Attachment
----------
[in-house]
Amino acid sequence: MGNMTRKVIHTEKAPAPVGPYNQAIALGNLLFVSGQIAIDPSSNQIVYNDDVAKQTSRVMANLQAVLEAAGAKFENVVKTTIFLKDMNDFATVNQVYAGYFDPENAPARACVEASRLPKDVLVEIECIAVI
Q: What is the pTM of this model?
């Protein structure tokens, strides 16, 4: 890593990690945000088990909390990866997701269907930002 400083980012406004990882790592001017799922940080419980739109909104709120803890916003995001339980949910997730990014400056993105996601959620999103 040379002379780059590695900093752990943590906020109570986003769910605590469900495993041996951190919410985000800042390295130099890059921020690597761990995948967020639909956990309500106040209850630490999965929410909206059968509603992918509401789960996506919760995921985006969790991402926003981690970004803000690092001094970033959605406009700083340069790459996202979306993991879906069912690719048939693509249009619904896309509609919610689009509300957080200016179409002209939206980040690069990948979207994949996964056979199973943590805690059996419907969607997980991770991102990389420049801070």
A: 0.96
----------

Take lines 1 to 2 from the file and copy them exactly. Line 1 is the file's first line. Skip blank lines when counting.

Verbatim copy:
[in-house]
Amino acid sequence: MGNMTRKVIHTEKAPAPVGPYNQAIALGNLLFVSGQIAIDPSSNQIVYNDDVAKQTSRVMANLQAVLEAAGAKFENVVKTTIFLKDMNDFATVNQVYAGYFDPENAPARACVEASRLPKDVLVEIECIAVI